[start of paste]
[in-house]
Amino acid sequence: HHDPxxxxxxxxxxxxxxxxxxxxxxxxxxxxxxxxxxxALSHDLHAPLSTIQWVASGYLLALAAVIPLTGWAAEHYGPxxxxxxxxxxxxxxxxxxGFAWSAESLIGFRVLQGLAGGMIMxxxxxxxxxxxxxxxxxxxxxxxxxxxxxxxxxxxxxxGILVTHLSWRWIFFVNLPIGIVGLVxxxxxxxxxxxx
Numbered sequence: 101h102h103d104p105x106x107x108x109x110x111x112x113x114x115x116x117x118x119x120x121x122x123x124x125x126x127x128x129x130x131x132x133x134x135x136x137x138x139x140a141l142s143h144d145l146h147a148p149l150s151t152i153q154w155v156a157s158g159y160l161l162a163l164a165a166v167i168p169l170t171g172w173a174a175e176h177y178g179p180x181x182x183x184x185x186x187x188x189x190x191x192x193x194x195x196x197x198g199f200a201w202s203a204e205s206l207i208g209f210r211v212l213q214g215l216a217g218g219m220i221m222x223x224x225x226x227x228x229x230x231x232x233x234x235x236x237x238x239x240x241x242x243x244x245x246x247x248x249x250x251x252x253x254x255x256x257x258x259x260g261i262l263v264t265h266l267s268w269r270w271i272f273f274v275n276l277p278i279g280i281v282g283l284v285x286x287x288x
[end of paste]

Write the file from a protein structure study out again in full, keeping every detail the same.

[in-house]
Amino acid sequence: HHDPxxxxxxxxxxxxxxxxxxxxxxxxxxxxxxxxxxxALSHDLHAPLSTIQWVASGYLLALAAVIPLTGWAAEHYGPxxxxxxxxxxxxxxxxxxGFAWSAESLIGFRVLQGLAGGMIMxxxxxxxxxxxxxxxxxxxxxxxxxxxxxxxxxxxxxxGILVTHLSWRWIFFVNLPIGIVGLVxxxxxxxxxxxx
Numbered sequence: 101h102h103d104p105x106x107x108x109x110x111x112x113x114x115x116x117x118x119x120x121x122x123x124x125x126x127x128x129x130x131x132x133x134x135x136x137x138x139x140a141l142s143h144d145l146h147a148p149l150s151t152i153q154w155v156a157s158g159y160l161l162a163l164a165a166v167i168p169l170t171g172w173a174a175e176h177y178g179p180x181x182x183x184x185x186x187x188x189x190x191x192x193x194x195x196x197x198g199f200a201w202s203a204e205s206l207i208g209f210r211v212l213q214g215l216a217g218g219m220i221m222x223x224x225x226x227x228x229x230x231x232x233x234x235x236x237x238x239x240x241x242x243x244x245x246x247x248x249x250x251x252x253x254x255x256x257x258x259x260g261i262l263v264t265h266l267s268w269r270w271i272f273f274v275n276l277p278i279g280i281v282g283l284v285x286x287x288x